Church Online: Pro AV for Streaming Church Services

The dramatic growth of churches using online streaming and on-demand options to extend the reach of their audience offers a steady stream of upgrades and innovations for Pro AV technology solutions.

With the increase in both accessibility and adoption of high-speed broadband internet access worldwide has come a massive increase in users taking advantage of streaming video content. Beyond Netflix, YouTube and social media video streaming, a subset of consumers are taking advantage of relatively new access to video technology are found in the church market.

Houses of worship (HOW) have seen significant growth in video streaming and video on demand. When reviewing stats from streaming providers and platform vendors, the picture for the pro AV industry becomes clear: audio, video, and lighting technologies are needed to enable future growth of church service streaming.

Streaming Growth for Churches Is Impressive

StreamingChurch.TV is a service provider geared exclusively for the HOW market. They provided us with their year-over-year growth statistics, which have seen nearly a 30 percent sustained growth. They are anticipating >122 percent growth in church clients from 2018 to 2019.

StreamingChurch.TV Year-over-year Growth Stats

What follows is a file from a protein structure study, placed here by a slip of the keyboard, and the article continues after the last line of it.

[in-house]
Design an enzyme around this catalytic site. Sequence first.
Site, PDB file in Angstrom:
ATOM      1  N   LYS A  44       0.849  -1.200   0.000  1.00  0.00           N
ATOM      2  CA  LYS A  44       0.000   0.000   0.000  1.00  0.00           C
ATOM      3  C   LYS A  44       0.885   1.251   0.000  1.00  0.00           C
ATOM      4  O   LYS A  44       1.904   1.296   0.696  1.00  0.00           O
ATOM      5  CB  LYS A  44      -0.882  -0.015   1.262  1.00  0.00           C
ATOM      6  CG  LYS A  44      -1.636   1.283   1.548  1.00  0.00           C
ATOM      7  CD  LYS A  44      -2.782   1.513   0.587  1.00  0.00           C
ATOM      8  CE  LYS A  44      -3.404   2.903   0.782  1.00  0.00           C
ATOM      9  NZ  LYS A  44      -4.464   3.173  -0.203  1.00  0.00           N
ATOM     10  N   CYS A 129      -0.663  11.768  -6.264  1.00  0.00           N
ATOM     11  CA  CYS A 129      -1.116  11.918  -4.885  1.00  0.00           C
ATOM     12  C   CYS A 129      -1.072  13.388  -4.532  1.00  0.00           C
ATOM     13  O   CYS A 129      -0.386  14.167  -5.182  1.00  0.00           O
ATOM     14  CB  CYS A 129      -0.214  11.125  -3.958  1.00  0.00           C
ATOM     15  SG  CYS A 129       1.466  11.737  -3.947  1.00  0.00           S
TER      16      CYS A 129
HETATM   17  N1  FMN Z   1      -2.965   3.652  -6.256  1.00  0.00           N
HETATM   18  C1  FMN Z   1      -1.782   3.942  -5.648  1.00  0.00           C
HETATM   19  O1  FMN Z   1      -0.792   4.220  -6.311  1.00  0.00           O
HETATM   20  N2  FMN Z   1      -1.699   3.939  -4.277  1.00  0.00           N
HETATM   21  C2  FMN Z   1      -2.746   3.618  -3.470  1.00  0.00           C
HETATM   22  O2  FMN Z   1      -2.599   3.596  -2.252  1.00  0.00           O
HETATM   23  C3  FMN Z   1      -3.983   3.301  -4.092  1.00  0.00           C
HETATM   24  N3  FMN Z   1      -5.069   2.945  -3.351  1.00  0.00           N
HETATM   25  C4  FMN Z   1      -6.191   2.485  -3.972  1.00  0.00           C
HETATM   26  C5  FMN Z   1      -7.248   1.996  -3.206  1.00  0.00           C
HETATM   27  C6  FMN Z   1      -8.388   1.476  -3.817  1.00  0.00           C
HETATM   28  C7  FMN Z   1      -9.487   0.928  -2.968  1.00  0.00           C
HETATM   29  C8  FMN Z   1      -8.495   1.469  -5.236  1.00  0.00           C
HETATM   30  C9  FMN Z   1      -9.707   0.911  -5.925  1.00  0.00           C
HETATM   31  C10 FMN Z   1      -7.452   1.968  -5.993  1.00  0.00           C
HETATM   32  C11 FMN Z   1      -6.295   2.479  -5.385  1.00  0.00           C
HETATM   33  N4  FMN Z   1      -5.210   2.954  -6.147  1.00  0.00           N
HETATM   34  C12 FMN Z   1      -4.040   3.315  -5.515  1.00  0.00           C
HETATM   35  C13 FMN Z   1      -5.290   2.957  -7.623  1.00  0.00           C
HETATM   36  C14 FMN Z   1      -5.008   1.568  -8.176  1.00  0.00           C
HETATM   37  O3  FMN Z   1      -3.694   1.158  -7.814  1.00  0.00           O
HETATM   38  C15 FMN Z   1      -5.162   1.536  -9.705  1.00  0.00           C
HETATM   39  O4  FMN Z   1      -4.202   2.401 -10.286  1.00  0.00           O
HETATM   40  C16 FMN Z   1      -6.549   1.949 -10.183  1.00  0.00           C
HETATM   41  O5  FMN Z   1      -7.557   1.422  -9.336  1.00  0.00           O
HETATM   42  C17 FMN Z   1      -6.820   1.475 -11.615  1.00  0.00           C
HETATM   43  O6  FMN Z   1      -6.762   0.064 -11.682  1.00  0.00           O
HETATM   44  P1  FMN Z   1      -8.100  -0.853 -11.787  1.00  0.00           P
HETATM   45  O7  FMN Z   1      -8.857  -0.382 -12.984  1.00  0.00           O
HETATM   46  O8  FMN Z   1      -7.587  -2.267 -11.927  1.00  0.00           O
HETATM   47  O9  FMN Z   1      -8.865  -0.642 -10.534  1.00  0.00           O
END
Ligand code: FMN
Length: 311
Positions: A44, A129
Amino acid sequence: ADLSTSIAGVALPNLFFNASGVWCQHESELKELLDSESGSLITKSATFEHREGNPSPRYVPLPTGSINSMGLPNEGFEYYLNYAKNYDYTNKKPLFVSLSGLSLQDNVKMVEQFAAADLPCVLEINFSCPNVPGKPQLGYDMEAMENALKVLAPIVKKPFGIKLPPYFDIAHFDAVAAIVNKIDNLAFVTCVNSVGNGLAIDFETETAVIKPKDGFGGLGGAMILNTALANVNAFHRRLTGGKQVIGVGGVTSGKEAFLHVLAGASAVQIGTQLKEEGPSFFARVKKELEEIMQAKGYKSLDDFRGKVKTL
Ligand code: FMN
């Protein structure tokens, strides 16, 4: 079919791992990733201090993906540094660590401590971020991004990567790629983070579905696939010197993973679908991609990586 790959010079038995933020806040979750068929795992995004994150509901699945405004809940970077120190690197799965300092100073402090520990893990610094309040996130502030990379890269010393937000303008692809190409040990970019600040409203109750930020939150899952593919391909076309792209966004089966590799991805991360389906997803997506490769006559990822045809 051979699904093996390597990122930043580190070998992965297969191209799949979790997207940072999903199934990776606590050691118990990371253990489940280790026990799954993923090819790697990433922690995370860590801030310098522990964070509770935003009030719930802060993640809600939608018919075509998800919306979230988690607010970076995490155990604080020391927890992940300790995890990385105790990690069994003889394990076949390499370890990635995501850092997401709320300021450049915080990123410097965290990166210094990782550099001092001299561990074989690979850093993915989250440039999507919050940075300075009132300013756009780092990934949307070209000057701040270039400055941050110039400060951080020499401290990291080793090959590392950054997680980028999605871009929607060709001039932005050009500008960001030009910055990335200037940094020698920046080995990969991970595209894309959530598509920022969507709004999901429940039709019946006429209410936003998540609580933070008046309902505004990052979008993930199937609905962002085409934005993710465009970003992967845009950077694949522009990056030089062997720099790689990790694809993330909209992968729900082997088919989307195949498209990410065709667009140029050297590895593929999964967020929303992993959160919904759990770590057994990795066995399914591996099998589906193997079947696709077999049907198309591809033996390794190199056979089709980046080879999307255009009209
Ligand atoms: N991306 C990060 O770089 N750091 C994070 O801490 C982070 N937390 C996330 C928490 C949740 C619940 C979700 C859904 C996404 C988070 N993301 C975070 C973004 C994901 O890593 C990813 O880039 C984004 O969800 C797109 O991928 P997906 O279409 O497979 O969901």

2015 vs 2014 audience growth = 27 percent
2016 vs 2015 audience growth = 24 percent
2017 vs 2016 audience growth = 7 percent
2018 vs 2017 audience growth = 62 percent
2019 (projected) vs 2018 audience growth = 122 percent

Another provider, Livestream (by Vimeo), surveyed churches using their service and found that almost 3,000 churches across 59 countries broadcast a cumulative total of more than 166,000 services in one year. *Source:

Vimeo’s Livestream Church Streaming Infographic

This kind of growth, while impressive, also signals an opportunity for the Pro AV vendors to target the specific, unique needs of hosting inexpensive, small format AV technology but also the scalable steps to a more significant upgrade path over time.

Church Stats on Streaming for Church Online

Streaming for churches is primarily focused on three benefits: 1) increasing audience reach, 2) achieving higher engagement of church members, and 3) as an additional channel for localized service & donation opportunities.

For a growing number of churches, the shift has gone beyond mere streaming to staffed online church experiences with real-time interaction and resources for those watching the online church service. Ben Matthews, open network director at Life.Church, which makes the Church Online Platform, shared about the incredible growth of church online. “We are currently averaging over 10,000 attended services per week on the Church Online Platform from over 2,500 organizations,” noted Matthews. The Church Online Platform averaged a growth rate of 41 percent from 2013 through 2018, according to Matthews.

When talking with churches using online platforms and streaming services, one of the critical distinctions they are quick to make is the data they capture of devices connected versus the actual number of people represented by each connected device. In one of the Facebook church online groups, churches reported an average of 1.8 viewers per device, based on feedback tools in their streaming software platforms.